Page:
If the parents are cooperating and agree on liberal visitation, such an arrangement would presumptively be in the best interests of the children.  See Ozenna v. Parmelee, 377 N.W.2d 483, 488 (Minn. App. 1985) (acknowledging liberal visitation arrangement may serve the best interests of the children).  Moreover, we believe that a custodial parent who allows liberal visitation should not have to be concerned about giving the other parent grounds for a motion to change the custody arrangement.  Cf. Rumney v. Rumney, 611 N.W.2d 71, 73-74 (Minn. App. 2000) (acknowledging parents with physical custody will be reluctant to agree to liberal visitation if they losechild-support funds with each additional day of visitation). 

            Father also argues that the children are endangered in the present situation, because the children were allegedly exposed to sexually explicit language and movies, abused by mother’s fiancé, and suffered from hygiene problems.  A district court must disregard directly contrary statements by the nonmoving party but may consider explanations of circumstances surrounding the accusations.  Geibe, 571 N.W.2d at 779. In her affidavit, mother explained each of these accusations.  Mother explained that her fiancé once picked up and set down one of the children when they were roughhousing, that the babysitter had watched an inappropriate television show once, that the boys had seen a sexually explicit movie at a friend’s house once, and that the youngest boy had gone through a stage when he would have bowel movements in his pants, which father’s new wife corroborated.  The district court accepted mother’s explanations and ruled that father did not establish endangerment.  The trial court found that father “greatly exaggerated” the incidents.  In any case, a single incident of borderline abuse or neglect is insufficient to satisfy the element of endangerment.  Id. at 779.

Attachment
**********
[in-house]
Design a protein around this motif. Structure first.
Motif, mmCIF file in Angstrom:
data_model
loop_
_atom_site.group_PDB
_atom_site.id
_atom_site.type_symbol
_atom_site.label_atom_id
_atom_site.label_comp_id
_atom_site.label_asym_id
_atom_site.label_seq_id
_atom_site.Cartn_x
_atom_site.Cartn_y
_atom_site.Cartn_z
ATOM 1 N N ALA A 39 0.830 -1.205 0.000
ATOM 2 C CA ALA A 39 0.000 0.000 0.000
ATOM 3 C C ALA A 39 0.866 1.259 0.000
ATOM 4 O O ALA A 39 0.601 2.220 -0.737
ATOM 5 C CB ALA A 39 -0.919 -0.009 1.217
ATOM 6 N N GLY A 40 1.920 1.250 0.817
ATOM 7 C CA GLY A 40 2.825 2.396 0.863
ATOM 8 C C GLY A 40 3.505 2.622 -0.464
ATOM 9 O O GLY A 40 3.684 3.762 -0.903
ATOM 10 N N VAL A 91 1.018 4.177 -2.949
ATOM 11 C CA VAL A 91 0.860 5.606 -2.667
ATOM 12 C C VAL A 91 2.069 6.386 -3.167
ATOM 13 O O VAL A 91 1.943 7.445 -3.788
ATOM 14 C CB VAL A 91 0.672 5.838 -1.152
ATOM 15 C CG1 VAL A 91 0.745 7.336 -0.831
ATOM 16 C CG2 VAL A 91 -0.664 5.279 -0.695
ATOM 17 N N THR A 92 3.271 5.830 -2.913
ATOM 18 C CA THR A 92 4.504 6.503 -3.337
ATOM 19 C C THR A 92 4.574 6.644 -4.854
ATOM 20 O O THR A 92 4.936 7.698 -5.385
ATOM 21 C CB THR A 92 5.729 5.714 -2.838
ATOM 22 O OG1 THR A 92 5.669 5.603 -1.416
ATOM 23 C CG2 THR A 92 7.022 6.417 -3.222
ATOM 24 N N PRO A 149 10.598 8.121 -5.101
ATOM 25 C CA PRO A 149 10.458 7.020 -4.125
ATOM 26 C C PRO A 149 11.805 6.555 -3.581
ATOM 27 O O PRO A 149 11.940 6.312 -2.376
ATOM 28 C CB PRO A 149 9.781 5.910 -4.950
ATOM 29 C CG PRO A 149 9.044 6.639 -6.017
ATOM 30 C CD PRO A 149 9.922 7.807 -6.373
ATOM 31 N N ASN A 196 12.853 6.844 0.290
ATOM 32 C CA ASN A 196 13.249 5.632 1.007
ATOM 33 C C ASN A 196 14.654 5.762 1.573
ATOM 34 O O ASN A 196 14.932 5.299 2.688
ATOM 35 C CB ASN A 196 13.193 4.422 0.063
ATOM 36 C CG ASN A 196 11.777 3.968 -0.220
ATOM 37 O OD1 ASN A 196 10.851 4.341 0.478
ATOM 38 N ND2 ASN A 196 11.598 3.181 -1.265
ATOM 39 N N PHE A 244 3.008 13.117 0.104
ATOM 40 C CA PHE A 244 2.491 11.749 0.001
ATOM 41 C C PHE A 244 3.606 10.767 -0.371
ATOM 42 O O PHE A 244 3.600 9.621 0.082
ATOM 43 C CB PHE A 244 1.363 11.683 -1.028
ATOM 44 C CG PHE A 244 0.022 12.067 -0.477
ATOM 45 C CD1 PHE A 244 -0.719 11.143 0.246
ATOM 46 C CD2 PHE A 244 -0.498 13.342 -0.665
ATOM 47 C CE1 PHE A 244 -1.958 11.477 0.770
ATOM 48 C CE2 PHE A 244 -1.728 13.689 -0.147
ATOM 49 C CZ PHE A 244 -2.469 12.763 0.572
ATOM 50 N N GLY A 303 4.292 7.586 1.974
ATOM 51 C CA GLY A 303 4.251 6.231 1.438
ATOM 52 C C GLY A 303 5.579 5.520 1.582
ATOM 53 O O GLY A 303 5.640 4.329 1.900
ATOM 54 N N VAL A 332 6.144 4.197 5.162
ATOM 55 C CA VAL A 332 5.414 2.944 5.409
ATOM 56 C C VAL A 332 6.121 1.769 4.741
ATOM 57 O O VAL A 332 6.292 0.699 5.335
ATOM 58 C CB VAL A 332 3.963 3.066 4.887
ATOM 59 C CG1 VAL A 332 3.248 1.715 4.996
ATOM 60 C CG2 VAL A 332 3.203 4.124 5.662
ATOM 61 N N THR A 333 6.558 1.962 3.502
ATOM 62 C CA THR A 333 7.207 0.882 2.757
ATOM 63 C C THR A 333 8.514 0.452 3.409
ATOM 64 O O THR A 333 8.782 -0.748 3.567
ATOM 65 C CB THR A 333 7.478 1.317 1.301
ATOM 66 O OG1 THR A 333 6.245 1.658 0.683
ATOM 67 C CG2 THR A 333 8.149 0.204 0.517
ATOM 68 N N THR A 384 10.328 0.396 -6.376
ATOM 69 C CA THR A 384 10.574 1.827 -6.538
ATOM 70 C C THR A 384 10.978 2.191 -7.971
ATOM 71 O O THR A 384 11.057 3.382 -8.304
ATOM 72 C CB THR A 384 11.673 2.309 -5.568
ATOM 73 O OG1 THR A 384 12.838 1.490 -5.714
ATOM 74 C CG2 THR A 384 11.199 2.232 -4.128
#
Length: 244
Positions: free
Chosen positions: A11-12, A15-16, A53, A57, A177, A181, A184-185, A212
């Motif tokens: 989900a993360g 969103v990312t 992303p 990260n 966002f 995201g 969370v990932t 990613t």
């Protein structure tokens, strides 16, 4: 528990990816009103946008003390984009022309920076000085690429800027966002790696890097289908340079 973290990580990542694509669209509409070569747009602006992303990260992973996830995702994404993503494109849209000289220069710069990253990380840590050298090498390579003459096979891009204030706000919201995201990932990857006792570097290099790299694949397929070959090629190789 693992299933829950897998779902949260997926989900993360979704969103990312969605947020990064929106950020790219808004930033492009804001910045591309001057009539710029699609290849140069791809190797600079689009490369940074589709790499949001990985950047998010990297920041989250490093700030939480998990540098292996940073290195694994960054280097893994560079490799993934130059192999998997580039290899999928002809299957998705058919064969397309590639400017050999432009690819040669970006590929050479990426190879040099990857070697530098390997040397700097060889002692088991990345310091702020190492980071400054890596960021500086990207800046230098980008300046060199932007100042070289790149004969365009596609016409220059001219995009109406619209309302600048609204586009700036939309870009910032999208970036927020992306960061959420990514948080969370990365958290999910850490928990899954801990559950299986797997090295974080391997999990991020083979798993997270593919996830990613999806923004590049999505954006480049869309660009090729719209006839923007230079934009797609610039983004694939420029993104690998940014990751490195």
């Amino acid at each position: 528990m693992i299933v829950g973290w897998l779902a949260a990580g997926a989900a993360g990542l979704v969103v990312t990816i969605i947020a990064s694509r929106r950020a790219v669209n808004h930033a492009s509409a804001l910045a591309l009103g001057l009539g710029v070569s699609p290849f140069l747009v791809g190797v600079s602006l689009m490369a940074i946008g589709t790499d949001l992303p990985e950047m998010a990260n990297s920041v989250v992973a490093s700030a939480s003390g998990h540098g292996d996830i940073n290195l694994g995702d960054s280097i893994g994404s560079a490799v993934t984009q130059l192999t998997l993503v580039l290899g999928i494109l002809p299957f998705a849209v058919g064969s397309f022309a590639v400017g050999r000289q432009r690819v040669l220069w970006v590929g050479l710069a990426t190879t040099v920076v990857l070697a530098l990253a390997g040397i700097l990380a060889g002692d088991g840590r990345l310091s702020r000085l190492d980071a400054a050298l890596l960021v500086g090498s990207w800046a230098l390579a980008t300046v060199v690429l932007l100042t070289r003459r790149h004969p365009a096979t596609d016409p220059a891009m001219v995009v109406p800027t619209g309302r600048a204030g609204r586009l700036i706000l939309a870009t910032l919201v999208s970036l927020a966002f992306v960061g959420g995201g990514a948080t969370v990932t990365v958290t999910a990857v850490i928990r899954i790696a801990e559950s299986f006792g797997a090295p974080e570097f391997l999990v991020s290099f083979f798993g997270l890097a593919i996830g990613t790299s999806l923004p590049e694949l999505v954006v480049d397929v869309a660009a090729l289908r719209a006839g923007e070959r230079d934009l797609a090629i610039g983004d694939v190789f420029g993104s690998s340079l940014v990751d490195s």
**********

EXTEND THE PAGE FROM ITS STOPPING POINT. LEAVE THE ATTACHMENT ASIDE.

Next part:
Father must also show the harm to the children likely caused by a change of custody is outweighed by the advantage of the change.  See id. at 778.  In light of the lack of persuasiveness of the above three elements, we conclude that father has failed to show any advantage of a change in custody and thus, has failed to show the fourth element.

            Father has not made a prima facie case for modification, and the district court did not abuse its discretion in denying his motion without an evidentiary hearing.



* Retired judge of the district court, serving as judge of the Minnesota Court of Appeals by appointment pursuant to Minn. Const. art. VI, § 10.


[1] In 2000, the legislature eliminated the term “visitation” in favor of “parenting time.”  See 2000 Minn. Laws ch. 444, art. 1, §§ 1, 3, 5 (providing for parenting plans and parenting time), art. 2, §§ 26-31 (conforming terminology).  Because the changes to the statutes became effective January 1, 2001, we review the district court’s decision under the former statute.  See 2000 Minn. Laws ch. 444, art. 1, § 8, art. 2 § 50; see also McClelland v. McClelland, 393 N.W.2d 224, 226 (Minn. App. 1986) (explaining that former law is to be applied where applying the law in effect at the time of the decision would alter matured rights), review denied (Minn. Nov. 17, 1986).